Counterfeit sneakers are a $450 billion market—a menace to the economy, generally, and intellectual property rights more specifically. But the world of fraudulent goods remains a highly opaque one, from the manufacturing process to the retailers that stock them: it’s often easier to buy a pair of fakes than it is to learn where they come from.
A federal complaint unsealed late last month (and first reported on by Quartz) shows how counterfeit sneakers, like Nikes and Louis Vuittons, come into the United States, revealing an elaborate system of fraudulence, burner phones, and helpless importers of decorative glass vases and napkins.
Between February 2012 and December 2016, the United States Department of Homeland Security reports, a Chinese national, Qing Fu Zeng, smuggled 22 40-foot shipping containers by sea, depositing them in ports in New Jersey, New York, and Los Angeles. The manifests for these containers stated that they were packed with napkins or glass vases, but x-rays and law enforcement examinations revealed that they were in fact filled with “shoes consistent in appearance with Nike and Louis Vuitton sneakers.” The investigators worked with authorized representatives of the brands to confirm that they were indeed counterfeit. Had they been real, the complaint reads, they would have been worth more than $472,000,000. The sneaker market: huge. The fake sneaker market: perhaps even huger.
The process of bringing the sneakers into the United States required a web of fraud, and a network of complicit retailers and interlocutors throughout the New York area and in greater Los Angeles. The original complaint, which was unsealed upon Zeng’s arrest on December 26, at Dulles airport in Washington, D.C., explains in detail how “Ray,” as Zeng’s associates called him, would ship containers of the counterfeit sneakers to both coasts from China. Zeng illegally obtained Employer Identification Numbers (EINs, or the numbers the IRS uses to identify businesses), and listed those legitimate businesses as the consignee or buyer of the goods on the shipping manifests, but provided false contact information that led to burner accounts owned by Zeng.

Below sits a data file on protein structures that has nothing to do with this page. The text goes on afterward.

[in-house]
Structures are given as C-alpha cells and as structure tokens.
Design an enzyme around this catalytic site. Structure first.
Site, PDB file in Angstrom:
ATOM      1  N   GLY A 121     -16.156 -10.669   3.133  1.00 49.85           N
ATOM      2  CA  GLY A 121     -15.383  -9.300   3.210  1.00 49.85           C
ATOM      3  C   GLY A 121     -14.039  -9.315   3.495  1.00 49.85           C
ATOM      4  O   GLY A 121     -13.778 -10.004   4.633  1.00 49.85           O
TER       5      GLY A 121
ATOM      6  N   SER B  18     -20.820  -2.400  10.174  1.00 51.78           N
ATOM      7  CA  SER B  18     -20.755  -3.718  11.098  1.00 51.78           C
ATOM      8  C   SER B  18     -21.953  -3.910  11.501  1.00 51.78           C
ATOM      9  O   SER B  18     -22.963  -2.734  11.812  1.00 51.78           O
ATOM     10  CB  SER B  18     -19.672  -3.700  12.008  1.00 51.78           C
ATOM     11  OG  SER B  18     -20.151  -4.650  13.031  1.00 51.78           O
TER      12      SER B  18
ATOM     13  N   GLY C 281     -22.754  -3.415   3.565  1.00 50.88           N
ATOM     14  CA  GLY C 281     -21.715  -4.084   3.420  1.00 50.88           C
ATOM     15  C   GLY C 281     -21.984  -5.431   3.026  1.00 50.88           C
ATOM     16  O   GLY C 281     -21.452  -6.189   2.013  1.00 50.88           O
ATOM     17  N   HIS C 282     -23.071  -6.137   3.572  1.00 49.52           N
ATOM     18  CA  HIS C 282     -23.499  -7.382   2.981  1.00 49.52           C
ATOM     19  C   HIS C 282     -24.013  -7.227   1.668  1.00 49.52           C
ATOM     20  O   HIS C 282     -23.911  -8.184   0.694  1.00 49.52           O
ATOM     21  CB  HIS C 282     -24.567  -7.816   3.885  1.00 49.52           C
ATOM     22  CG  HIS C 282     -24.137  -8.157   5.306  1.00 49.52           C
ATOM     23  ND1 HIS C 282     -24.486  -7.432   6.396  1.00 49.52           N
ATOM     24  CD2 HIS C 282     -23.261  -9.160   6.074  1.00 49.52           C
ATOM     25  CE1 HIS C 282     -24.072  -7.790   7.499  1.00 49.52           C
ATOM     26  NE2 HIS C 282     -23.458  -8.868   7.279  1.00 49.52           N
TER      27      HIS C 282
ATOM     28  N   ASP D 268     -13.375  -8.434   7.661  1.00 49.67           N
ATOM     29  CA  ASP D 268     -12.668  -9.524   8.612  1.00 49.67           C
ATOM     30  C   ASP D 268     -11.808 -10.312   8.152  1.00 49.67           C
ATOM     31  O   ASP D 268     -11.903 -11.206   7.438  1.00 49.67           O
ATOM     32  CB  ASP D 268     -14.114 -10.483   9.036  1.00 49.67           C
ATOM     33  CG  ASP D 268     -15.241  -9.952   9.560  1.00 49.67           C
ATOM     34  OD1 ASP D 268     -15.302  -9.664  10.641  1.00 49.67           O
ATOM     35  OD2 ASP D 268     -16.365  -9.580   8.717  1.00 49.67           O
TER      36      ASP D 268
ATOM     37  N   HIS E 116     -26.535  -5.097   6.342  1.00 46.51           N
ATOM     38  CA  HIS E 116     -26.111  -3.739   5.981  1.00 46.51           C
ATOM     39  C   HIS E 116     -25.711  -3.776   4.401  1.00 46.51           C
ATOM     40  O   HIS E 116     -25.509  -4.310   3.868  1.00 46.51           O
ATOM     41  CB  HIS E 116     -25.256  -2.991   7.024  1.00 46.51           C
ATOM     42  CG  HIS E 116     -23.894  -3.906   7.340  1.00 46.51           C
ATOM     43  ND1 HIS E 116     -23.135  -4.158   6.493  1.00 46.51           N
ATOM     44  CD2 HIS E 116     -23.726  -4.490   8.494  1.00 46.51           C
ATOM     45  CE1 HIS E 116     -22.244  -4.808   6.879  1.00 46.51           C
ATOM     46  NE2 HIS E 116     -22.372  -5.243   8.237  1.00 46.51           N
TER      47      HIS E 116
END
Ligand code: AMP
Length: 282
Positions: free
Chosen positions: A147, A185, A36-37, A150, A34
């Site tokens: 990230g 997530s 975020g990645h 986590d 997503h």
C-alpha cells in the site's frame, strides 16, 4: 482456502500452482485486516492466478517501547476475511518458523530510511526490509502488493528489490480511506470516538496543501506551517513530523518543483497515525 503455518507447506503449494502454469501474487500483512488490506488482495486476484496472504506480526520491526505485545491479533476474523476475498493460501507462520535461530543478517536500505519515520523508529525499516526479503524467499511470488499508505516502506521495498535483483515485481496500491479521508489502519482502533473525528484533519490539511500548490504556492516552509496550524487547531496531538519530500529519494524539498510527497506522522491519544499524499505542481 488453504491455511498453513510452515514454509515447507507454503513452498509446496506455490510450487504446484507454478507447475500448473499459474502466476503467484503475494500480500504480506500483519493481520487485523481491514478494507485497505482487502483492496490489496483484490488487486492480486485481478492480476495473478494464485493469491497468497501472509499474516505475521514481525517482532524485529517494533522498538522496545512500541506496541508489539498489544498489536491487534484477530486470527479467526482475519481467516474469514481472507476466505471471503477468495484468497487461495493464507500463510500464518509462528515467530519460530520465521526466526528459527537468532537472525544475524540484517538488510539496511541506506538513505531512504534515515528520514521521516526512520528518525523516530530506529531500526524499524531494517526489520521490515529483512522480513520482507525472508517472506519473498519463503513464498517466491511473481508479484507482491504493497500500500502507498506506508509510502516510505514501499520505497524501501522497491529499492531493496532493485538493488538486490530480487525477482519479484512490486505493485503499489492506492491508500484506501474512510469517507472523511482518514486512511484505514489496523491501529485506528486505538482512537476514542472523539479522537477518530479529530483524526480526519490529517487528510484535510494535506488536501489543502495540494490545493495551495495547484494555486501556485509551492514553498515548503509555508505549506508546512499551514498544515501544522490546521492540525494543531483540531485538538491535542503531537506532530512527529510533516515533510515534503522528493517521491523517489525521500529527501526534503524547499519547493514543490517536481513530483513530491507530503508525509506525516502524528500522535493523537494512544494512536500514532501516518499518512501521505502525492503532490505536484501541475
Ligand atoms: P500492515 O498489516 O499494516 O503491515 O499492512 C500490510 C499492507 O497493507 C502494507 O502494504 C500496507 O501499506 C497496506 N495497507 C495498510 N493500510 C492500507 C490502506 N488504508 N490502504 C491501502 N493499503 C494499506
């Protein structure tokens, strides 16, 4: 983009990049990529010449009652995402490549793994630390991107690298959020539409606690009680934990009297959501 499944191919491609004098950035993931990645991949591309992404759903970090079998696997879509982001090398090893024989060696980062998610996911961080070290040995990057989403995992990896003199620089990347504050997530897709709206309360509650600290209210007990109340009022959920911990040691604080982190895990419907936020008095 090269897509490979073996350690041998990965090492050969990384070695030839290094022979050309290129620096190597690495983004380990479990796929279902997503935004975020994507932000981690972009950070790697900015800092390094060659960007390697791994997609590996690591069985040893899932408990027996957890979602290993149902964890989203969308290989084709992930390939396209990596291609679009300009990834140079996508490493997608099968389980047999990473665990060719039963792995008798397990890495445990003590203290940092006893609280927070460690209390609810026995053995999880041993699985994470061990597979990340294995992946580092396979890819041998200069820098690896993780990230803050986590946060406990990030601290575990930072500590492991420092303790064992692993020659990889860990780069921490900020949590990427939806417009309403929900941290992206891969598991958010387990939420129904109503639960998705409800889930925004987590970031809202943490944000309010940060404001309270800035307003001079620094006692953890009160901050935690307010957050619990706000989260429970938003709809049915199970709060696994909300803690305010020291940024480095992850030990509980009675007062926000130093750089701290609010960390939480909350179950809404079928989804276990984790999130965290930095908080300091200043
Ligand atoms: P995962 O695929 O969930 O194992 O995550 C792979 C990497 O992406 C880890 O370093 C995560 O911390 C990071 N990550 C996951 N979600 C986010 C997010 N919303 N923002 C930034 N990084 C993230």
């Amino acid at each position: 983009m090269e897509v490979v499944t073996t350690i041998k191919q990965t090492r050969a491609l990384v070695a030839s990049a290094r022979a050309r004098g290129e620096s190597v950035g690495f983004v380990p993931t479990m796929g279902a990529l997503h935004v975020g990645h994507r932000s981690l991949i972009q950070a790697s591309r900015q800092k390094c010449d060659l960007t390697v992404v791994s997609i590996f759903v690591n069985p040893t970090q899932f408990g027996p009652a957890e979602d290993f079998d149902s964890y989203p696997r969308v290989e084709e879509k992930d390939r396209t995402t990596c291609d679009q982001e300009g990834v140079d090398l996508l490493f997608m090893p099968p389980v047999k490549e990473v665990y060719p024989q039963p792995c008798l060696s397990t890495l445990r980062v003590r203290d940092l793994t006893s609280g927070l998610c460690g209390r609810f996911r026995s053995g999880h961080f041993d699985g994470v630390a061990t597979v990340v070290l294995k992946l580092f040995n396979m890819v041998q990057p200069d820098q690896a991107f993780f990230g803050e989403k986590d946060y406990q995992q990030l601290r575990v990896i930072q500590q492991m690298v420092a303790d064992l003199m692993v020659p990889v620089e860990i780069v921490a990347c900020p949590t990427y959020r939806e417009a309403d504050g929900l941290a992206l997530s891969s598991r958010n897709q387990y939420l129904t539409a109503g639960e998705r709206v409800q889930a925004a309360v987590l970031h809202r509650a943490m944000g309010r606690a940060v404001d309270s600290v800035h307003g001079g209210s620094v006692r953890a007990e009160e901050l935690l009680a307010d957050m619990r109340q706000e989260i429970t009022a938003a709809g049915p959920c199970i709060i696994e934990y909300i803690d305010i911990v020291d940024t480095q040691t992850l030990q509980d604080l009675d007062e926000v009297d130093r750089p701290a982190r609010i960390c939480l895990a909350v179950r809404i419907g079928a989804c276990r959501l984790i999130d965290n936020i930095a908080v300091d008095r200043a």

For example, Zeng is believed to have created a burner email for a legitimate business, CYS Excel, Inc., which, according to its website, imports high-end, elaborate vases, apothecary jars, candle holders, and terrariums (you know, the kinds of things you could use to start, say, a popular hot wax meditation studio to fund your thirst for real Vuitton kicks). He put CYS’s name and address, along with a burner email and phone number leading to one of his associates, on the manifest for a shipping container sent to New Jersey and said to hold 1,134 cartons of glass vases, but which was actually filled with fake Nikes.
Instead of delivering them to the addresses listed on the manifest, the burner contacts had the containers sent to warehouses and self-storage facilities in Brooklyn, Queens, or Long Island, where the shoes were then delivered to wholesalers and retailers. The investigators partnered with a cooperating defendant, who assisted Zeng in the scheme, to provide information; law enforcement officials discovered that he was paid thousands of dollars in remotely refillable Chinese debit cards.
Of course, the revelations raise more questions about the world of counterfeit sneakers. How good were the fakes? Who decides what’s worth copying, and how? Were they sold in the stores as legitimate merchandise? (There’s a gray market for knowingly fake sneakers, after all.) And for how much? The complaint mentions that the cooperating defendant met with a retailer in Flushing, Queens, but what is the extent of the network to which these shoes were being disbursed? And what about the factories in which they were made? It’s common knowledge in the world of fashion labor that counterfeit goods are sometimes made alongside the real products.
Zeng was transferred back to New York on Tuesday of this week, according to the U.S. Attorney’s Office in Brooklyn. There was no information available about his attorney or trial.
Originally Appeared on GQ